A favourite design idea I found last year from the Netherlands were these string gardens.
There seem to be such innovative people coming from there! See the May 12 post on this blog for other creatives out of the Netherlands! String gardens appealed on many levels - even the name! I exchanged a few words with the designer when posting this at my other blog last October. Also check out www.ljm.nl/
Some would be rather horrified I guess at how far this takes you from the regular concept of a garden - but part of the fascination for me is that intensifies the relationship in front of your eyes of seed to soil to the plant's growth cycles and there even seems to be a grave yard for old string gardens. I think they might be better suited to a cooler climate that here and also need a bit of horticultural know-how to keep them flourishing. That aside I am bowled over by the concept of these because of the way they expose the growth cycle at eye level. Has any one out there tried something similar to this successfully?
Have a look at this wonderful series of videoed string gardens here. Charming! And from the red-light district below - a show by Fedor van der Valk - the creator of string gardens! Its a great website I promise!
I wrote last week on the way designers are rethinking the future emphasising it's not all about the uber-fabulous and drop-dead expensive genre of 'new design' for new's sake. There is a great deal of ingenuity being applied to even the most humble of everyday items - see 3 of last year's finalists in the following design competition below for proof of that. What I'm posting here is the call for designers the world over to enter a Korean Design Competition - its free to enter - and it seems the integrity of the idea is what's important rather than the length of one's design CV.
iiida 2010 is hosted by Incheon Metropolitan City and organized by Incheon Business Agency.
sponsors of this competition are:
Ministry of Knowledge Economy, Republic of Korea,
Korea Institute of Design Promotion,
Incheon Industrial Design Association
Incheon Design Company Association.
01 - the subject of the international competition is
green heartiida 2010 calls out for fresh and new design proposals to be made by designers with green hearts.
being aware of the environment is a joyful way to give sustainable change to daily city living.
designers with a passion for preserving the environment are asked to suggest a future where
humans and nature can coexist. as such, we welcome the participation of competent
world designers in iida 2010, with the goal of generating new possibilities
for sustainability through design.
iida 2010 seeks entries in the following three categories:
1 - green design for humans- life style design which help realize ways to consider the environment in daily life
- daily goods, home appliances, lighting, furniture, stationery, home devices, car, packaging, etc.
2 - green design for the city- innovative and effective public design which suggests the possibility of an eco-friendly city
- architecture, interior design, road, public area, park, urban planning, urban infrastructure, etc.
3 - green design for communication- design taking lead in social communication for the diffusion of green design and green life style
- poster, video, advertisement, illustration, campaign, software, mass media, networking, etc.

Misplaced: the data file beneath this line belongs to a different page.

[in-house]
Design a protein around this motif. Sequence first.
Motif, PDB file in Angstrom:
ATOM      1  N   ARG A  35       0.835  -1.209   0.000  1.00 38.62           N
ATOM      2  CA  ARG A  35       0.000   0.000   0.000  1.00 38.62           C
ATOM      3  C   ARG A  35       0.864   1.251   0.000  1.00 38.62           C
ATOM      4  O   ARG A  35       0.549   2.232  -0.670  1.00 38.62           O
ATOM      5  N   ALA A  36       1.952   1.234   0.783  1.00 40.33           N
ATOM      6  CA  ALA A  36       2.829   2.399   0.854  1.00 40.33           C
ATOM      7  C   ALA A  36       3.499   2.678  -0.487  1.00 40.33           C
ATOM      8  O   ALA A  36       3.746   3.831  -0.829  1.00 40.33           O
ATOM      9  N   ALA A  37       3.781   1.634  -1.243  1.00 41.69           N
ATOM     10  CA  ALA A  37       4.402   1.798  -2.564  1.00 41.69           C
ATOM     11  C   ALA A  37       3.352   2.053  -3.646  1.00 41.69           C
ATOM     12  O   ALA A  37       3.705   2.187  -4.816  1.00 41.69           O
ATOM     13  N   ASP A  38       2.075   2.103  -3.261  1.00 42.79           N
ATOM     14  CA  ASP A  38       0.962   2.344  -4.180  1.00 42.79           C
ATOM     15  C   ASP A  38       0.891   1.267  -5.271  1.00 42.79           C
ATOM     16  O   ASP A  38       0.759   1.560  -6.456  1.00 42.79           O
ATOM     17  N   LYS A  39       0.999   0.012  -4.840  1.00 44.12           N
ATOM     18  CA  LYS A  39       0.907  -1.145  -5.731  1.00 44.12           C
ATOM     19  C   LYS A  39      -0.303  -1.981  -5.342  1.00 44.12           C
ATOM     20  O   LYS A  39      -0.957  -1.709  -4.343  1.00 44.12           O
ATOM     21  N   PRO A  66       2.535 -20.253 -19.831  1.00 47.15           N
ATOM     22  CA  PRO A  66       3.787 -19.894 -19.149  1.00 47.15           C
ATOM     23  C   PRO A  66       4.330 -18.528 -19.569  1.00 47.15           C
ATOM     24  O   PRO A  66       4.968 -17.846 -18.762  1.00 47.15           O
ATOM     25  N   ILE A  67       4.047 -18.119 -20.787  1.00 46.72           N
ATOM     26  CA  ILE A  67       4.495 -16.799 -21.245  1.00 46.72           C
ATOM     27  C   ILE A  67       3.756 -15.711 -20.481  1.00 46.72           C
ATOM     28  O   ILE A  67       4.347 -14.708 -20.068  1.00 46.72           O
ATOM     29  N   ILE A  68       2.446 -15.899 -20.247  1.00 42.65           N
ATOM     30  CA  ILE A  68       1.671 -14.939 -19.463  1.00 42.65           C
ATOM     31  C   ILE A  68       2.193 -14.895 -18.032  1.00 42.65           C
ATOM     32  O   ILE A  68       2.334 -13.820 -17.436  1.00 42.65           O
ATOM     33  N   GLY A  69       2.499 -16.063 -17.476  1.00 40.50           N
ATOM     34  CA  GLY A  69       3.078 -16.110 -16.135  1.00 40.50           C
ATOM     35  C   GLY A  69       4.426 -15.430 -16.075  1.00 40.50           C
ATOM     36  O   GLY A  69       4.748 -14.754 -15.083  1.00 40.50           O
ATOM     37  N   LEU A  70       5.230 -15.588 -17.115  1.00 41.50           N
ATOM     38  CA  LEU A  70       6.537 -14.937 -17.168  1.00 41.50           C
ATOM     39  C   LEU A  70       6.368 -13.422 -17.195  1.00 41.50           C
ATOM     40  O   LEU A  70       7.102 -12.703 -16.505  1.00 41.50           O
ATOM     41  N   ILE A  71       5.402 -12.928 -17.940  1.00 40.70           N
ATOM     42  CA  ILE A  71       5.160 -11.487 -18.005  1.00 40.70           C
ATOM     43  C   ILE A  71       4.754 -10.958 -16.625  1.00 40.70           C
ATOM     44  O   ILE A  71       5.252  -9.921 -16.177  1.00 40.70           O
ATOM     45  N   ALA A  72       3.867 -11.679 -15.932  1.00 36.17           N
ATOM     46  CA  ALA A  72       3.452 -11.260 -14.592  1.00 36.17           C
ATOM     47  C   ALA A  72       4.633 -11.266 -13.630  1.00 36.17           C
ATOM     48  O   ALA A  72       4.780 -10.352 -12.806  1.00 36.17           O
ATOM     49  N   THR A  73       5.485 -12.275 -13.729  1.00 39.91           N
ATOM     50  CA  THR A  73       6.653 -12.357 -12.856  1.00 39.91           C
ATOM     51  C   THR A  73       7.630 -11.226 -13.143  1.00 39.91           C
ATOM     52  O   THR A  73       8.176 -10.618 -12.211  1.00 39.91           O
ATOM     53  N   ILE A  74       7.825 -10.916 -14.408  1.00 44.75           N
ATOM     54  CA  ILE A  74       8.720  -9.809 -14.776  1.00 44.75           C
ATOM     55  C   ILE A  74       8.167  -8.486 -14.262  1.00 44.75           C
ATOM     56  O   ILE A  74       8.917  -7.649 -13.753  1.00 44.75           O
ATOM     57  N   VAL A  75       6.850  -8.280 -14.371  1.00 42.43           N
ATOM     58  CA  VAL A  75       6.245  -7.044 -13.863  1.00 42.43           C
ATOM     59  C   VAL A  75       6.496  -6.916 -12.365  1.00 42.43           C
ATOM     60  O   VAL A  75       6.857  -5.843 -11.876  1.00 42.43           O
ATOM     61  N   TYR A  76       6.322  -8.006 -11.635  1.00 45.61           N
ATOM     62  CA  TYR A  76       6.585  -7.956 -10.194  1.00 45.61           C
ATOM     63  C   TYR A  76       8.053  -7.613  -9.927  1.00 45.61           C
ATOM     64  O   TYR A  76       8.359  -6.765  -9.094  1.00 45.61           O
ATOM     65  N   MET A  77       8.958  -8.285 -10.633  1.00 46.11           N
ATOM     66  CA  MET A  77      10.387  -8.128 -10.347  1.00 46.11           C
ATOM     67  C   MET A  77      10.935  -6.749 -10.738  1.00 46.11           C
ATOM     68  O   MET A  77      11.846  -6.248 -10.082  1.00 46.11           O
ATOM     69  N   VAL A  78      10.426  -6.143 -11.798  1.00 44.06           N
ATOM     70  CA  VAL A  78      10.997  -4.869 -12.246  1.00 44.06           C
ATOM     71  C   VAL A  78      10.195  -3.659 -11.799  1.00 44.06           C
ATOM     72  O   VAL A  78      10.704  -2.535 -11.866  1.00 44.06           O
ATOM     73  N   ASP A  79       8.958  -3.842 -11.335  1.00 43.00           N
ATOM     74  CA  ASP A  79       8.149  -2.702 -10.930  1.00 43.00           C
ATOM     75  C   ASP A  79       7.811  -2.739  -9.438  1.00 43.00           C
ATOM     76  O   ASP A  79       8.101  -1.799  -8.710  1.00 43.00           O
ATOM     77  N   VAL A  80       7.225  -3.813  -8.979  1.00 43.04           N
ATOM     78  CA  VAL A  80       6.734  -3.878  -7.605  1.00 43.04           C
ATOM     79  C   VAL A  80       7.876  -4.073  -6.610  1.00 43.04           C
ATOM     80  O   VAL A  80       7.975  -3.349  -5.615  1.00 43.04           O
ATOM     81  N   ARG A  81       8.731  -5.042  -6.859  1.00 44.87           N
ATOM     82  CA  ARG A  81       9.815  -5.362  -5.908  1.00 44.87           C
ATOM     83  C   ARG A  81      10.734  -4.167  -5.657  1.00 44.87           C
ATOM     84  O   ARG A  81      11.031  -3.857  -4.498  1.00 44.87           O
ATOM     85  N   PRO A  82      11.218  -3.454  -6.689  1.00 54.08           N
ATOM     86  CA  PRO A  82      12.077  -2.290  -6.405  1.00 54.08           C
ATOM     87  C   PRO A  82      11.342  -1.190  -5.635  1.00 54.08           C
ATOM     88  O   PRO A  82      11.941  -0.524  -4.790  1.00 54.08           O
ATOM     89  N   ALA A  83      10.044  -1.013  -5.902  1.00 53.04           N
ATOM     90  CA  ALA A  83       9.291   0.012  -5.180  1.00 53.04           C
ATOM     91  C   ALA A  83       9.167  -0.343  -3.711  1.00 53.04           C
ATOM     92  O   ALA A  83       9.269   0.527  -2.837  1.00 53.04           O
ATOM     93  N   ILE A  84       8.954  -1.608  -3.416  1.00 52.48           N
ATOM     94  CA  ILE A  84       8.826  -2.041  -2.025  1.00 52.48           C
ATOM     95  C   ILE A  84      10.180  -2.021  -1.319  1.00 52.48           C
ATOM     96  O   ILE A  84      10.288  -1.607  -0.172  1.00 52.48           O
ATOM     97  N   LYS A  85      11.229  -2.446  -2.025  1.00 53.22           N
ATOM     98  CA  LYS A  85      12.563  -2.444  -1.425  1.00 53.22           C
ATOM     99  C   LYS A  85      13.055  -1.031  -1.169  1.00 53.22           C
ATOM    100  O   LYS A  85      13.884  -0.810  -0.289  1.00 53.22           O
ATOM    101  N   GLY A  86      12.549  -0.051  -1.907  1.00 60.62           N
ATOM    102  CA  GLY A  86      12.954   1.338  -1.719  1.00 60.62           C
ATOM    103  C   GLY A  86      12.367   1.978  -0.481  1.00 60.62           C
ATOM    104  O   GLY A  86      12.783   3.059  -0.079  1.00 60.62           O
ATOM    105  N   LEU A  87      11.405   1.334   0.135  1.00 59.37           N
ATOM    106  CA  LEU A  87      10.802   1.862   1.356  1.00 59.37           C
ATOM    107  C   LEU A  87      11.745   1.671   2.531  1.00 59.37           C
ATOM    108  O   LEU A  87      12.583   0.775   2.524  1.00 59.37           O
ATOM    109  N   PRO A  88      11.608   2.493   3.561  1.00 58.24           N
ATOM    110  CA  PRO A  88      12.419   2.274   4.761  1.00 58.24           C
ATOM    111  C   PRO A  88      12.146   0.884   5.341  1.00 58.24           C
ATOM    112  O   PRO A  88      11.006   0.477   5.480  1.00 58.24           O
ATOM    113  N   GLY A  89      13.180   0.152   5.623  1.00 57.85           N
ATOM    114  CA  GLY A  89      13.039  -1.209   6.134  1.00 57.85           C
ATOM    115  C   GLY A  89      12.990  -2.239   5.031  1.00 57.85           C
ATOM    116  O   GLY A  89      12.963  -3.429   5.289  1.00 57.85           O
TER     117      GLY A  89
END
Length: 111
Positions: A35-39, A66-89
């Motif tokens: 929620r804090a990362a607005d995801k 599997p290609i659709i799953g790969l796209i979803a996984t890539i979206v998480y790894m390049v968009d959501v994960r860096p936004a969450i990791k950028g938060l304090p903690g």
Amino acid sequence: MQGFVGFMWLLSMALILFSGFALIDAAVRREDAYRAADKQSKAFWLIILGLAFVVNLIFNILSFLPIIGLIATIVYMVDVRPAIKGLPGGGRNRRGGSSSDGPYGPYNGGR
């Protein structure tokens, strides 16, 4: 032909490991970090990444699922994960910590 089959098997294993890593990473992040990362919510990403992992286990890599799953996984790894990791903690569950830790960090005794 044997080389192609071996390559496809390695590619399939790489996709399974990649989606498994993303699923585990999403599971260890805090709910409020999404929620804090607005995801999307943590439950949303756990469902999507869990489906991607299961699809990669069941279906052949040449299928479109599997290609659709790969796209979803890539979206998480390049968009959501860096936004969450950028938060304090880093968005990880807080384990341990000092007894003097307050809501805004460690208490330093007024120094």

read more at Designboom.com and at iida 2010
Click to enlarge to read about some finalists from last year:
A pretty amazing concept - the rocking actually powers the light attached to the chair.
A new approach to eating locally - these plates bring it all home!
...well thats humble for you - and why I say designers aren't sticking to the WOW items to put their efforts to work. I have a brother who's quick to remind that some of the smallest inventions have generated considerable wealth.
I found this and other great stories at INHABITAT.COM . By going to search categories in the sidebar and choosing botanical I pulled up a fascinating series of projects - but of course had to go no further than this one below due to its definitive nature and relevance to this Homage to the Seed blog!
Introducing the extraordinary "Seed Cathedral" - the UK pavillion at the 2010 Shanghai Expo - which contains seeds from the Millennium Seed Bank and I like to think some of those seeds may have perhaps orginated in Queensland and passed through the Seed lab at Mt Coot-tha!
Nicknamed the “Dandelion”, Thomas Heatherwick’s UK Pavilion bristles with a dynamic facade that gently flexes and shimmers with each passing breeze. The beautiful building envelope blurs the boundaries between architecture and animated sculpture, while the area surrounding the pavilion features a network of pedestrian walkways and a landscaped park area.
Nestled within the sprouting facade of seeds is an otherworldly interior that unfolds like a shimmering network of stars. During the day the interior is completely lit by daylight channeled through the structure’s transparent rods. At night the interior is illuminated by minute lighting elements contained within each rod for an amazing effect.
The brilliant bristling structure you see above is not the world’s largest pincushion – it’s Thomas Heatherwick’s recently completed UK Pavilion at the 2010 Shanghai Expo. Dubbed the “Seed Cathedral”, the six-story high structure is studded with 60,000 translucent rods that act as fiber-optic filaments that channel sunlight into the pavilion’s interior. The densely-packed forest of filaments also contains the impetus to create living forests in the future — each 7.5 meter long “branch” contains seeds from the Millenium Seed Bank that will be given to China one the expo has run its course.
Read more: Construction Complete on the UK's Stunning Seed Cathedral | Inhabitat - Green Design Will Save the World All text from this article on Inhabitat.